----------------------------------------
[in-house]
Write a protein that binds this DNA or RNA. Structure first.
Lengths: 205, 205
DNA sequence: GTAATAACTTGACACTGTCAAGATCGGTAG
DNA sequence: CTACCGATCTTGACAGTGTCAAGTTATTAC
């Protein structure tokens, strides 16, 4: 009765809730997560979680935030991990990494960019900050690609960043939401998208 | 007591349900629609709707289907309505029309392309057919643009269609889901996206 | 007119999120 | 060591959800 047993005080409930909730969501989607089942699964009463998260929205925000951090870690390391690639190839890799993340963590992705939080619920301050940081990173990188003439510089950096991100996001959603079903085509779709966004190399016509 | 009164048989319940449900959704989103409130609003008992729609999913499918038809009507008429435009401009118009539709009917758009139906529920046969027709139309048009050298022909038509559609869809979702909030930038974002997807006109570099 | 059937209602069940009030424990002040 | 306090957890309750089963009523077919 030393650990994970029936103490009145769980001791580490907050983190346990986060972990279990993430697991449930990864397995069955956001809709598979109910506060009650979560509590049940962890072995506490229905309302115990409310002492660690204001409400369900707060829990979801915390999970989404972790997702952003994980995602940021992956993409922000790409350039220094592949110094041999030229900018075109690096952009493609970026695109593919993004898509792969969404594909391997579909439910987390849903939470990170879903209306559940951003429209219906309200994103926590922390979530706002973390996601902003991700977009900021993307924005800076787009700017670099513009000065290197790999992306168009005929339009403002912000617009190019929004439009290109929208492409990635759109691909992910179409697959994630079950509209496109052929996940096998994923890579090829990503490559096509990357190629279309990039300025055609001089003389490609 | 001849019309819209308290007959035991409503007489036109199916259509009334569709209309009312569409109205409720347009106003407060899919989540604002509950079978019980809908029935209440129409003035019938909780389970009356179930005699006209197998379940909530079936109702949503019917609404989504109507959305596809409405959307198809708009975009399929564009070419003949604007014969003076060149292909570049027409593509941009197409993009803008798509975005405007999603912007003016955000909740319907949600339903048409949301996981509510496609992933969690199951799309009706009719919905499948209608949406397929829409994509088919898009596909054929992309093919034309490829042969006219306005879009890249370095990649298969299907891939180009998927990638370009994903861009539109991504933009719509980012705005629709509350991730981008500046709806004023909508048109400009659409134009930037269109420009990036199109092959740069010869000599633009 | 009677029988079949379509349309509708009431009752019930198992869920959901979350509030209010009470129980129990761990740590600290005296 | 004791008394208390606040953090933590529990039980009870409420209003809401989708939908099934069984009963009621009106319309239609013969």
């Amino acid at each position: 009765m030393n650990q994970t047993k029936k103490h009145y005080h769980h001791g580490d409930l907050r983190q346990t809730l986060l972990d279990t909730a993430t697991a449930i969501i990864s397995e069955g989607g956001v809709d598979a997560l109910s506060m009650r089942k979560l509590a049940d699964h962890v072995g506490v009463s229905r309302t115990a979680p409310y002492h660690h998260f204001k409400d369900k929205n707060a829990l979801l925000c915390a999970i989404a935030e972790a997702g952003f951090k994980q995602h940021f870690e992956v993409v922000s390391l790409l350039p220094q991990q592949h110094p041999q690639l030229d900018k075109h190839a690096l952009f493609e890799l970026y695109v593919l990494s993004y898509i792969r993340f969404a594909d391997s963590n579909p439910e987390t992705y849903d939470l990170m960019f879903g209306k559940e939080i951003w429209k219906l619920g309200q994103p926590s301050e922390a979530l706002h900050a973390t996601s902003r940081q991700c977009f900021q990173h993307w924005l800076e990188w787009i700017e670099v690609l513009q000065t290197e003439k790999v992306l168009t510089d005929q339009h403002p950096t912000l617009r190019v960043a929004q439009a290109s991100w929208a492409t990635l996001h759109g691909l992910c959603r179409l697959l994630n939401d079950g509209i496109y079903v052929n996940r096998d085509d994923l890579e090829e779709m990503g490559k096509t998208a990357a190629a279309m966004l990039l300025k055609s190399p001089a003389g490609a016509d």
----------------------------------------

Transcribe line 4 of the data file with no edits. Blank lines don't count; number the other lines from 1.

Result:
DNA sequence: GTAATAACTTGACACTGTCAAGATCGGTAG